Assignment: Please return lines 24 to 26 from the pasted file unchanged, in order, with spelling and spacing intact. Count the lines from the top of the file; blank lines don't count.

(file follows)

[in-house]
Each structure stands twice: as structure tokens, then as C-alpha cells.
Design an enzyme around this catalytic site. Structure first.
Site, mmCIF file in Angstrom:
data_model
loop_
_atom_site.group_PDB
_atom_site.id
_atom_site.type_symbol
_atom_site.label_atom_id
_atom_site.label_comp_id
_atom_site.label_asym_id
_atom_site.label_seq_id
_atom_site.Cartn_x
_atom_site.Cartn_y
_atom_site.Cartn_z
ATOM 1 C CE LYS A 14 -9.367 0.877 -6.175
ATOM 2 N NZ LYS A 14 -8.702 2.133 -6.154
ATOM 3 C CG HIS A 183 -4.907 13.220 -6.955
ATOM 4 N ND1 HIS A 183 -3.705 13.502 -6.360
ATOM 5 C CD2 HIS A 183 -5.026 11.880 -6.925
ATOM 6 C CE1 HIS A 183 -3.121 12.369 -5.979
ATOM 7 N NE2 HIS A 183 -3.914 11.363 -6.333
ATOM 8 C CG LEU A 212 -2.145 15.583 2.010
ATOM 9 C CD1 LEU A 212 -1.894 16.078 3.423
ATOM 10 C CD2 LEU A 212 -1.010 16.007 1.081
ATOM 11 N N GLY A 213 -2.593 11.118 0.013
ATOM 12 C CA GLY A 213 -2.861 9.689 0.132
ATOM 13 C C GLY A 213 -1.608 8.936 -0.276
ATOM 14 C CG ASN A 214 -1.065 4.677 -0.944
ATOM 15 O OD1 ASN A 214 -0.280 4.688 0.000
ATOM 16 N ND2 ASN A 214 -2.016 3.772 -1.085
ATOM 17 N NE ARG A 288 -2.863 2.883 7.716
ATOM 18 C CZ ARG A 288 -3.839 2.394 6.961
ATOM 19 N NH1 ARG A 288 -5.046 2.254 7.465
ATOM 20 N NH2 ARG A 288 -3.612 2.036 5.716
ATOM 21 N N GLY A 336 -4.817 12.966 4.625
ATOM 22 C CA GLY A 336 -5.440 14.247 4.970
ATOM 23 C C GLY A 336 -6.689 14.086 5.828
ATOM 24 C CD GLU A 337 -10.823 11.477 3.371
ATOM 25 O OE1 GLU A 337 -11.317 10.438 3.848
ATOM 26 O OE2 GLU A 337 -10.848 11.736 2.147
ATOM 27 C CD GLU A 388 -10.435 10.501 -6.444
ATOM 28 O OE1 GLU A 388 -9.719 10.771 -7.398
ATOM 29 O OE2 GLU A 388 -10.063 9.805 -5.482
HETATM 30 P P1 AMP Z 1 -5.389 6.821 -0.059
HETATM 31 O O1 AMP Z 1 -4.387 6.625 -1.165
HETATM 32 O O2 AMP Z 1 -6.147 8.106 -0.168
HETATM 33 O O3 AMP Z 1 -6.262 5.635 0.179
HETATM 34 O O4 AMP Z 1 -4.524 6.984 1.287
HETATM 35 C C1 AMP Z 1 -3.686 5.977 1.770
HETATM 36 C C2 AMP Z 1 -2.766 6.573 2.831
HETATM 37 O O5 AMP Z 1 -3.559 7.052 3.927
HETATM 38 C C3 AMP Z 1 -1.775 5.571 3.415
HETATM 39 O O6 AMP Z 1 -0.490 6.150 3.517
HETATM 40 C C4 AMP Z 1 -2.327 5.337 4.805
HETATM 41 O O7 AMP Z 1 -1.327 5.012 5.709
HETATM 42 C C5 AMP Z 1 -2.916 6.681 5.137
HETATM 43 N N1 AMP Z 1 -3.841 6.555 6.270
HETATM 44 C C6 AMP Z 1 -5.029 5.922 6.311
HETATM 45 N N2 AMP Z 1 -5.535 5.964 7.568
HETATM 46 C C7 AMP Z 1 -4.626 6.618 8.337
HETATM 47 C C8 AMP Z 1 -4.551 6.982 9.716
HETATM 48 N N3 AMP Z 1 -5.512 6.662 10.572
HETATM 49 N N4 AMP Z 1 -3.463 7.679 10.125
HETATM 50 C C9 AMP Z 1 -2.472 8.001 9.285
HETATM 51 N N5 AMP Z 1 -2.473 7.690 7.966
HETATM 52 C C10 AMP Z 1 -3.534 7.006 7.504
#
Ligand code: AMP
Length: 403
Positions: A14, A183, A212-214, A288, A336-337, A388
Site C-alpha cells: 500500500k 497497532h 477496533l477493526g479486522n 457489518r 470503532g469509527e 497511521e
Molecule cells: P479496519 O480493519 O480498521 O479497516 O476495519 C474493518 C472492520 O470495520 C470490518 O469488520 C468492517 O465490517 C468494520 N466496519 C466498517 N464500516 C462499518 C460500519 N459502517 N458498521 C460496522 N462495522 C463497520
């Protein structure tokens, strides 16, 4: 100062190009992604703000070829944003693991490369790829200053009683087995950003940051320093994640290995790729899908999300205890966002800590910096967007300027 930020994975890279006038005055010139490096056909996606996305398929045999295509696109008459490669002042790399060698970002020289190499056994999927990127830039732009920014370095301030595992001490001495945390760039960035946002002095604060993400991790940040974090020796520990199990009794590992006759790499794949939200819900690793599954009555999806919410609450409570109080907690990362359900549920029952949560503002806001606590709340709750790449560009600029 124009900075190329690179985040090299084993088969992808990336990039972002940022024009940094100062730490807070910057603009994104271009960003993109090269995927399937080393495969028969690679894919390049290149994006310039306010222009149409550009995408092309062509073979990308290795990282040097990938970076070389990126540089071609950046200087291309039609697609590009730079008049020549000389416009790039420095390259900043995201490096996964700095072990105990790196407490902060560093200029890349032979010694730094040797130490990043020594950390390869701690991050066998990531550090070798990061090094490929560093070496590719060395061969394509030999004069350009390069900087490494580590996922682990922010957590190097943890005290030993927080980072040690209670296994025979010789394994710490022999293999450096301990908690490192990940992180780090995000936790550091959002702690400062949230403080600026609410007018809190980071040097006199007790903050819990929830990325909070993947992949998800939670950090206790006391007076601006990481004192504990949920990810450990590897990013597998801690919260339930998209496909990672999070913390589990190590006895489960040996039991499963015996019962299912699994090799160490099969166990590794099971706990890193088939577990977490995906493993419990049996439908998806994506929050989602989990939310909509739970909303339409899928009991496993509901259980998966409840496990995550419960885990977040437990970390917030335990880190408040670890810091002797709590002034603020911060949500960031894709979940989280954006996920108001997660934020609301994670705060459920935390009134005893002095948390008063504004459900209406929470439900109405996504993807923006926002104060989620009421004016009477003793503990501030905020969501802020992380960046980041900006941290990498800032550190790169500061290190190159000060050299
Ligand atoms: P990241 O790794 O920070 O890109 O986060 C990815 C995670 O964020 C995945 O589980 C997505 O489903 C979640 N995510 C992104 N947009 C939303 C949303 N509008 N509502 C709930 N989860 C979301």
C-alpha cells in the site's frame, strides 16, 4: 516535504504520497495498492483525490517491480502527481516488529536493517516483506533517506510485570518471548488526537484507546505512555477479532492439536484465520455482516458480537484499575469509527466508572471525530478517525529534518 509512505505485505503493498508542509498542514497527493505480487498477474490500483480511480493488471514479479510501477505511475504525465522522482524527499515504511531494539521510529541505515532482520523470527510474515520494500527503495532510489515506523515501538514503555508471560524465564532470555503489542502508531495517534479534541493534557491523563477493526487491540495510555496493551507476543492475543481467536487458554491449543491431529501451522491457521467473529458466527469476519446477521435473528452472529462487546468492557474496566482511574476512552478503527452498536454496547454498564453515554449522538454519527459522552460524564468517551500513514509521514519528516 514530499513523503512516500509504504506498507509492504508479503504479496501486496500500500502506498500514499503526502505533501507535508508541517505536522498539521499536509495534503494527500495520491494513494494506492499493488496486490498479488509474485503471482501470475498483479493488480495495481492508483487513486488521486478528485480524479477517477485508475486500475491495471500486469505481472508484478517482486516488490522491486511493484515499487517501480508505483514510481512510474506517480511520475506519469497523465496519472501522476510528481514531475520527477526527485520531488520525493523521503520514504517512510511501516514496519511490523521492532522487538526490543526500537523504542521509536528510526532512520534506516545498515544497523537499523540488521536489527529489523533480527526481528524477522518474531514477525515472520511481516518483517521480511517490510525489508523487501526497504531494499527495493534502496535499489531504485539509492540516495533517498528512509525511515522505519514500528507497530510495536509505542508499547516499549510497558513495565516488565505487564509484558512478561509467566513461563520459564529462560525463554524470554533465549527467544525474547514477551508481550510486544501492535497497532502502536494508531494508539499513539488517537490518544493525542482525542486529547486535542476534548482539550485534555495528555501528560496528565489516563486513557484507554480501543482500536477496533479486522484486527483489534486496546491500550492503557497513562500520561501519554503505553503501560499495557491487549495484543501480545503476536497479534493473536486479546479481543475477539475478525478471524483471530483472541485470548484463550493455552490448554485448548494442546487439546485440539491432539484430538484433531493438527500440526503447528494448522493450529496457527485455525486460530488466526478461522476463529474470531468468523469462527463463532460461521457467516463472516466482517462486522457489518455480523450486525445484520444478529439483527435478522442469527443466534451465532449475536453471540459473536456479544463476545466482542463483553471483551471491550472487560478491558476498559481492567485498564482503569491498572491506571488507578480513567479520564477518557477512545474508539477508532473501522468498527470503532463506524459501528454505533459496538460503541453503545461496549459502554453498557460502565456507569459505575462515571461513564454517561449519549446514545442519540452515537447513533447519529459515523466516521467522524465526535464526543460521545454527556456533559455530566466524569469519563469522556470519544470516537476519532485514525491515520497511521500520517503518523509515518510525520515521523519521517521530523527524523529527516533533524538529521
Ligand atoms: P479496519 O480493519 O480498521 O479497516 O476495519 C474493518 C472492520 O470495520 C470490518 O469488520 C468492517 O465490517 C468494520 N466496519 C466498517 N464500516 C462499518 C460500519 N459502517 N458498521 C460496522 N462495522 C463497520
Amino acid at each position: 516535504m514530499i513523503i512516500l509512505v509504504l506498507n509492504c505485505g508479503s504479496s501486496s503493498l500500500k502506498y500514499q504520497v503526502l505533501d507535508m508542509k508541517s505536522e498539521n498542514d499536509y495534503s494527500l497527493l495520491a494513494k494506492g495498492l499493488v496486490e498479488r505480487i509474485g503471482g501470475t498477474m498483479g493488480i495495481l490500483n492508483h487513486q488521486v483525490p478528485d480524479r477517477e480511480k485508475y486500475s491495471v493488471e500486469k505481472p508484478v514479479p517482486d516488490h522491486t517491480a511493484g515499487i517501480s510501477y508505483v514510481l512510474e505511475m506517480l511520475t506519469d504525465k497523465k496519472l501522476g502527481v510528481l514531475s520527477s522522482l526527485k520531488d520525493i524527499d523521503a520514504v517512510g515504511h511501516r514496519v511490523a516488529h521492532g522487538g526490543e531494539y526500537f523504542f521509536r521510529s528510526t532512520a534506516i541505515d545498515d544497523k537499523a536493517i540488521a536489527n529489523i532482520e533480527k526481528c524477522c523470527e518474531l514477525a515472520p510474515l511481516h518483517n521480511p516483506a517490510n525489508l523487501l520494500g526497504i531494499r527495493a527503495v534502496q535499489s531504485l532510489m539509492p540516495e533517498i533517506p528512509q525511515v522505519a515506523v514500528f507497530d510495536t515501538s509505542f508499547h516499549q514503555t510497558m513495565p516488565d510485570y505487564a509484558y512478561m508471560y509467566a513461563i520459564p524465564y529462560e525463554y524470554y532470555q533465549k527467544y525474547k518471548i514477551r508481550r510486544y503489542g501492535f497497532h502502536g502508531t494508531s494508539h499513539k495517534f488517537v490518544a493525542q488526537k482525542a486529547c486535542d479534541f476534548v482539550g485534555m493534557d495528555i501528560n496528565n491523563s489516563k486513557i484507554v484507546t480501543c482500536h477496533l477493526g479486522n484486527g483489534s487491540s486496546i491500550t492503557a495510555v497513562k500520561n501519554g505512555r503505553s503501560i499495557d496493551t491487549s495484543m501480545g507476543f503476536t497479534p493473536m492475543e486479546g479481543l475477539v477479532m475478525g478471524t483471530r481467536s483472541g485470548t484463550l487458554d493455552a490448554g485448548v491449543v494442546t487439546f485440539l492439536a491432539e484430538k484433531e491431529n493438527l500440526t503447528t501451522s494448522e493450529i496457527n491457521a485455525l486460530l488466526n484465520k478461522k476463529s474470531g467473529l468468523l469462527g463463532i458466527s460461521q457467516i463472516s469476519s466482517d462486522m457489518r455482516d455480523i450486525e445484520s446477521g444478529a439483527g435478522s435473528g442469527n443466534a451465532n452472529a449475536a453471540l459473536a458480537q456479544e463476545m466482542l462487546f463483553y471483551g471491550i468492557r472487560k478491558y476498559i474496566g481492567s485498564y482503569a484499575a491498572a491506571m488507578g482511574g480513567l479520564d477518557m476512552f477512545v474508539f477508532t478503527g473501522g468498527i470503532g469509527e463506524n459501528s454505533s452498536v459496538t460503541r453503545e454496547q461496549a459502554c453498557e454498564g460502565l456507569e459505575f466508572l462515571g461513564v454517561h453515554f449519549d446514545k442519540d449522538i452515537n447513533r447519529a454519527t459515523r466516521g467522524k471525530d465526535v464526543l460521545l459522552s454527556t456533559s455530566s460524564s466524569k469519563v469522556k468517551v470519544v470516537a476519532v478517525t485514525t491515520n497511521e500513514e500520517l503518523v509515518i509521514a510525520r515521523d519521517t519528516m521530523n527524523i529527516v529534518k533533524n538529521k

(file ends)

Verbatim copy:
ATOM 8 C CG LEU A 212 -2.145 15.583 2.010
ATOM 9 C CD1 LEU A 212 -1.894 16.078 3.423
ATOM 10 C CD2 LEU A 212 -1.010 16.007 1.081